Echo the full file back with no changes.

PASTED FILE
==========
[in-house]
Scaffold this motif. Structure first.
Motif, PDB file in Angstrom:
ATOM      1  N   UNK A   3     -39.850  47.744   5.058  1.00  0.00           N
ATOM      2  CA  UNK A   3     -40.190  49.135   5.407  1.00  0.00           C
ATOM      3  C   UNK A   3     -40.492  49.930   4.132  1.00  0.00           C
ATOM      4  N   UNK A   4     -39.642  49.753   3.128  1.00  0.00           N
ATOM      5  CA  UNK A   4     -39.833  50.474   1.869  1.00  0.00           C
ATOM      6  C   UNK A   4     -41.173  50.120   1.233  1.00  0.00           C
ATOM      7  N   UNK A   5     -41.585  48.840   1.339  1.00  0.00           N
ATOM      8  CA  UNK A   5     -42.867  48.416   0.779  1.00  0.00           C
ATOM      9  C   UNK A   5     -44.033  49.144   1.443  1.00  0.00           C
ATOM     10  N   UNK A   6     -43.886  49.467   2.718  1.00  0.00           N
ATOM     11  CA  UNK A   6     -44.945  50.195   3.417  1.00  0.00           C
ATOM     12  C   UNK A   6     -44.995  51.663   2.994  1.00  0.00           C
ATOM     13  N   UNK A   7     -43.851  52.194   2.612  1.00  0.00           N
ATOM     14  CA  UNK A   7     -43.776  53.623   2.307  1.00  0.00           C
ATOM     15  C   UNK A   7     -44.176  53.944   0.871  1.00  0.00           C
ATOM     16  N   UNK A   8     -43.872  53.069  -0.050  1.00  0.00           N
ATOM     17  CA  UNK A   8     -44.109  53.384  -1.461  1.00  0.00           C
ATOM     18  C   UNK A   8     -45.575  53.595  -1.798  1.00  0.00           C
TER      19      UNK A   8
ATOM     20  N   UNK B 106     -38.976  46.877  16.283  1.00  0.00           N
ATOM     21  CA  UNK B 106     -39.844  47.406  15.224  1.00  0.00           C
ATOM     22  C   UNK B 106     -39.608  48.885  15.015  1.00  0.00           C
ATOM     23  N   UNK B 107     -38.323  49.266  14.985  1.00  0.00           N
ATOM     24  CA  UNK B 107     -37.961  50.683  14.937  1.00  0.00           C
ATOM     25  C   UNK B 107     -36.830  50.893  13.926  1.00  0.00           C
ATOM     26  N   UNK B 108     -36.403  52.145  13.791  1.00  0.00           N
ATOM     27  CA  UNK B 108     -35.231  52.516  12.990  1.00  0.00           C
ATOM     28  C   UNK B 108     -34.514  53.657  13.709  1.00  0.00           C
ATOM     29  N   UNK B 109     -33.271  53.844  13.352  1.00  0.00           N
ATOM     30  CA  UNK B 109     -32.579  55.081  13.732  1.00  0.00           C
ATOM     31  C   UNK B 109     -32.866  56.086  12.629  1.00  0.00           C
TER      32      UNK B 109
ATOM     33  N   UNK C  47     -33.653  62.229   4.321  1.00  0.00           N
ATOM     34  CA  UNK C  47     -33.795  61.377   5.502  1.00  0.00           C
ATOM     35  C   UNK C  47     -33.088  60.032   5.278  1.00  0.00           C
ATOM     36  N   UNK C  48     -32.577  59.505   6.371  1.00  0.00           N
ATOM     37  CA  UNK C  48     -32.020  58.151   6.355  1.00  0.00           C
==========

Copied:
[in-house]
Scaffold this motif. Structure first.
Motif, PDB file in Angstrom:
ATOM      1  N   UNK A   3     -39.850  47.744   5.058  1.00  0.00           N
ATOM      2  CA  UNK A   3     -40.190  49.135   5.407  1.00  0.00           C
ATOM      3  C   UNK A   3     -40.492  49.930   4.132  1.00  0.00           C
ATOM      4  N   UNK A   4     -39.642  49.753   3.128  1.00  0.00           N
ATOM      5  CA  UNK A   4     -39.833  50.474   1.869  1.00  0.00           C
ATOM      6  C   UNK A   4     -41.173  50.120   1.233  1.00  0.00           C
ATOM      7  N   UNK A   5     -41.585  48.840   1.339  1.00  0.00           N
ATOM      8  CA  UNK A   5     -42.867  48.416   0.779  1.00  0.00           C
ATOM      9  C   UNK A   5     -44.033  49.144   1.443  1.00  0.00           C
ATOM     10  N   UNK A   6     -43.886  49.467   2.718  1.00  0.00           N
ATOM     11  CA  UNK A   6     -44.945  50.195   3.417  1.00  0.00           C
ATOM     12  C   UNK A   6     -44.995  51.663   2.994  1.00  0.00           C
ATOM     13  N   UNK A   7     -43.851  52.194   2.612  1.00  0.00           N
ATOM     14  CA  UNK A   7     -43.776  53.623   2.307  1.00  0.00           C
ATOM     15  C   UNK A   7     -44.176  53.944   0.871  1.00  0.00           C
ATOM     16  N   UNK A   8     -43.872  53.069  -0.050  1.00  0.00           N
ATOM     17  CA  UNK A   8     -44.109  53.384  -1.461  1.00  0.00           C
ATOM     18  C   UNK A   8     -45.575  53.595  -1.798  1.00  0.00           C
TER      19      UNK A   8
ATOM     20  N   UNK B 106     -38.976  46.877  16.283  1.00  0.00           N
ATOM     21  CA  UNK B 106     -39.844  47.406  15.224  1.00  0.00           C
ATOM     22  C   UNK B 106     -39.608  48.885  15.015  1.00  0.00           C
ATOM     23  N   UNK B 107     -38.323  49.266  14.985  1.00  0.00           N
ATOM     24  CA  UNK B 107     -37.961  50.683  14.937  1.00  0.00           C
ATOM     25  C   UNK B 107     -36.830  50.893  13.926  1.00  0.00           C
ATOM     26  N   UNK B 108     -36.403  52.145  13.791  1.00  0.00           N
ATOM     27  CA  UNK B 108     -35.231  52.516  12.990  1.00  0.00           C
ATOM     28  C   UNK B 108     -34.514  53.657  13.709  1.00  0.00           C
ATOM     29  N   UNK B 109     -33.271  53.844  13.352  1.00  0.00           N
ATOM     30  CA  UNK B 109     -32.579  55.081  13.732  1.00  0.00           C
ATOM     31  C   UNK B 109     -32.866  56.086  12.629  1.00  0.00           C
TER      32      UNK B 109
ATOM     33  N   UNK C  47     -33.653  62.229   4.321  1.00  0.00           N
ATOM     34  CA  UNK C  47     -33.795  61.377   5.502  1.00  0.00           C
ATOM     35  C   UNK C  47     -33.088  60.032   5.278  1.00  0.00           C
ATOM     36  N   UNK C  48     -32.577  59.505   6.371  1.00  0.00           N
ATOM     37  CA  UNK C  48     -32.020  58.151   6.355  1.00  0.00           C